An article from the Spring 2015 issue of Sacred Heart Magazine. Please turn to pages 24-25 after clicking here.
- Manchester Community College. April 14, 2016
- Lithuanian Folk Dance Festival, Baltimore, Maryland: Poetry Evening. July 2, 2016
- Wallingford Public Library, Wallingford, Connecticut. “Red Stones and The Relationship of Paintings and Poems.” July 14, 2016
- Sacred Heart University, November 10, 2016. “Worlds Imagined: Co-relations Between Art and Poetry.” Exhibition Opening, in conjunction with Literary Spotlight. University Art Gallery.
- Sacred Heart University, February 1, 2017, 4 p.m. University Art Gallery . Book Launch: St. Brigid’s Well.
- Watermark, Bridgeport. March 7, 2017, 3 p.m. “St. Brigid’s Well and the Poetry of Place.”
- New Britain Museum of American Art, March 9, 2017, 5:30 p.m. “Red Stones and The Relationship Between Poetry and Painting.”
- Yale University. Pierson College Common Room. June 2, 2017, 9:30 p.m.
RECENT BOOK REVIEWS
An article about the launch of St. Brigid’s Well on February 1, 2017, in The Spectrum at Sacred Heart University. Click here.
There is description here, but there is also action — not just describing a place as an outside observer but of making a place by being in it. Describing, founding, representing, exploring, containing — and defying containment as the dance of poetry is inclined to do — defines this remarkable poem. Steven Schroeder
“Red Stones’s collaborative effort sees Jonas Zdanys’s precision of language in these twelve-line lyric poems contrasting with the textural abstractions of Steven Schroeder’s paintings. Zdanys, a celebrated bilingual poet who writes in as well as translates from the Lithuanian, navigates from the physical to the philosophical in these short poems that leave the reader always hungry for the next one to begin.” –World Literature Today, Nota Benes, September 2016
“This synchronistic collaboration by poet Jonas Zdanys with poet and painter Steven Schroeder and printer and designer Regina Schroeder is a triumph. The poems in Red Stones are as apparently effortless as they are highly achieved, especially with such lines and images as those of an angel whose footprints resemble porcelain. Rilke would not have only appreciated that, but we can imagine him smiling, serenely. Steven Schroeder’s watercolors bring quite an astonishing and uncanny resonance to the poems themselves. Regina Schroeder’s contribution of aesthetic design is also very apparent, as well as there being an ostensible harmony of these three artists accomplishing a highly desirable result of a book well wrought, lavishly illustrated, and beautifully rendered. Few books of contemporary poetry are graced with such beneficence. This is one of them.”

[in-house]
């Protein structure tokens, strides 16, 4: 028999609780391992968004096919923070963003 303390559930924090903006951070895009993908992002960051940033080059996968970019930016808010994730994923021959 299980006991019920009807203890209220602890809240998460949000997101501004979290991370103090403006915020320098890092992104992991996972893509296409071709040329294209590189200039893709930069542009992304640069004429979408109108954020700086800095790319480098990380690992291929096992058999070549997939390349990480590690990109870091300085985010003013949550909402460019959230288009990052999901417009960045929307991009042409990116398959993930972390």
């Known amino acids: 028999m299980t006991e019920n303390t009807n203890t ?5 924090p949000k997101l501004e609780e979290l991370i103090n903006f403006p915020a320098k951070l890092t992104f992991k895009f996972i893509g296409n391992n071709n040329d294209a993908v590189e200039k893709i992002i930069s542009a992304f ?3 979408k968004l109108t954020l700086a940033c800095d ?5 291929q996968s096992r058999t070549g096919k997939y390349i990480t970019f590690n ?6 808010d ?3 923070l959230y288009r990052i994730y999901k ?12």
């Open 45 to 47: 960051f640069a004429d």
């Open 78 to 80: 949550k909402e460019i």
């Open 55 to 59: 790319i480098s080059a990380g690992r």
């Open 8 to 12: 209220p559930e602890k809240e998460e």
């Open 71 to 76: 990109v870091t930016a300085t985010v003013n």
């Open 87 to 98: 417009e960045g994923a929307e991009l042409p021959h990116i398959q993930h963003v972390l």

— Wally Swist, author of Huang Po and the Dimensions of Love (Southern Illinois University Press, 2012) and Invocation (Lamar University Literary Press, 2015). The original link is here.
“Cormorants…is a beautifully written, incantatory and meditative evocation of life, both of the human and natural worlds, and of light, darkness, time, infinity and transcendence. It is seamlessly unified, and “hymnal” in the spareness and musicality of its language. A masterful work, indeed. The beauty of the writing is perfectly complemented by the excellence and sensitivity of Regina Schroeder’s vision and handiwork.”
–Larry D. Thomas, 2008 Texas Poet Laureate
The Kingfisher’s Reign (Chicago: Virtual Artists Collective 2012)
“The predominant tone of his work is elegiac. He yearns…for an evasive permanency. Anguish for communion permeates much of the poetry – the longing for recovery, the allure of distant memory, the echoes and resonances of an earlier time. The poems reveal a searching intelligence, melancholy, aching for a new integrity. They are as much love poems as nature poems, reminiscent of the best of Rainer Maria Rilke and Peter Levi, sometimes playful, sometimes fantastical, sometimes the stuff of dreams. Zdanys’ poems drink generously from the wells of Impressionism and the luminous density of philosophy. These are difficult poems – evocative, tantalizing, embedded in their own mystery. And they invite us into a world of shifting memory and Proustian wonder. Tough. But worth it.”
–Michael Higgins, Canadaeast.com/Telegraph-Journal
“Zdanys joins words into unexpectedly meaningful formations in which the philosophical thought overshadows the beginning of the feeling. His poetry is intellectual and speaks of the beginning of the beginnings of the mortal,… a world of mirages where the contours of the visible world disappear… The crossing of the border is dangerous: the subject approaches the philosophical state of nothingness, but cannot experience it to the end, because he is alive and living. Yet, while he is alive, the human has the right to be unfinished. This is the state of being ‘in the doorway’ and the key to his poetry.”
-The Vilnius Review